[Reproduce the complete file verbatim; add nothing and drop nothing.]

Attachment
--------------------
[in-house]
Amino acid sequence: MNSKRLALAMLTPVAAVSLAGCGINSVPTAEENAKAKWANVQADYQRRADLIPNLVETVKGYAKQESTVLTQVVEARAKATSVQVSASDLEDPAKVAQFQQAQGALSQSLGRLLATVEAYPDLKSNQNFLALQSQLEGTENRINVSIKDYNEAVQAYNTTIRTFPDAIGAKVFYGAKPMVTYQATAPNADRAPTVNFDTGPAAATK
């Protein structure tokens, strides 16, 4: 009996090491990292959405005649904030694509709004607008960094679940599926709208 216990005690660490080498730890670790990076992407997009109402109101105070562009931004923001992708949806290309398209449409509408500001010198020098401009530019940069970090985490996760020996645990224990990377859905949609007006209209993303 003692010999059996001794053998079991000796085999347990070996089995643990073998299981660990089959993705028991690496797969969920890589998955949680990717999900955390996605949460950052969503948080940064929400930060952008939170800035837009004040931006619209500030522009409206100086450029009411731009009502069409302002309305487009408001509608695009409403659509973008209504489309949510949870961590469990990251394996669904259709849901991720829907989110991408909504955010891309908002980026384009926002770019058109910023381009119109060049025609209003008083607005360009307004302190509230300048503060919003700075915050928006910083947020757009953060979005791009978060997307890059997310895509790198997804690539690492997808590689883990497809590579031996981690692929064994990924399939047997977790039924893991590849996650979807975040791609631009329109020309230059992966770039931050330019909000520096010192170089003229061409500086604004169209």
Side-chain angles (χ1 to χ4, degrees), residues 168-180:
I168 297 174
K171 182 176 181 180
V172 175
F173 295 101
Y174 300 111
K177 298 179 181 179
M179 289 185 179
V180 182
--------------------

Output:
[in-house]
Amino acid sequence: MNSKRLALAMLTPVAAVSLAGCGINSVPTAEENAKAKWANVQADYQRRADLIPNLVETVKGYAKQESTVLTQVVEARAKATSVQVSASDLEDPAKVAQFQQAQGALSQSLGRLLATVEAYPDLKSNQNFLALQSQLEGTENRINVSIKDYNEAVQAYNTTIRTFPDAIGAKVFYGAKPMVTYQATAPNADRAPTVNFDTGPAAATK
């Protein structure tokens, strides 16, 4: 009996090491990292959405005649904030694509709004607008960094679940599926709208 216990005690660490080498730890670790990076992407997009109402109101105070562009931004923001992708949806290309398209449409509408500001010198020098401009530019940069970090985490996760020996645990224990990377859905949609007006209209993303 003692010999059996001794053998079991000796085999347990070996089995643990073998299981660990089959993705028991690496797969969920890589998955949680990717999900955390996605949460950052969503948080940064929400930060952008939170800035837009004040931006619209500030522009409206100086450029009411731009009502069409302002309305487009408001509608695009409403659509973008209504489309949510949870961590469990990251394996669904259709849901991720829907989110991408909504955010891309908002980026384009926002770019058109910023381009119109060049025609209003008083607005360009307004302190509230300048503060919003700075915050928006910083947020757009953060979005791009978060997307890059997310895509790198997804690539690492997808590689883990497809590579031996981690692929064994990924399939047997977790039924893991590849996650979807975040791609631009329109020309230059992966770039931050330019909000520096010192170089003229061409500086604004169209």
Side-chain angles (χ1 to χ4, degrees), residues 168-180:
I168 297 174
K171 182 176 181 180
V172 175
F173 295 101
Y174 300 111
K177 298 179 181 179
M179 289 185 179
V180 182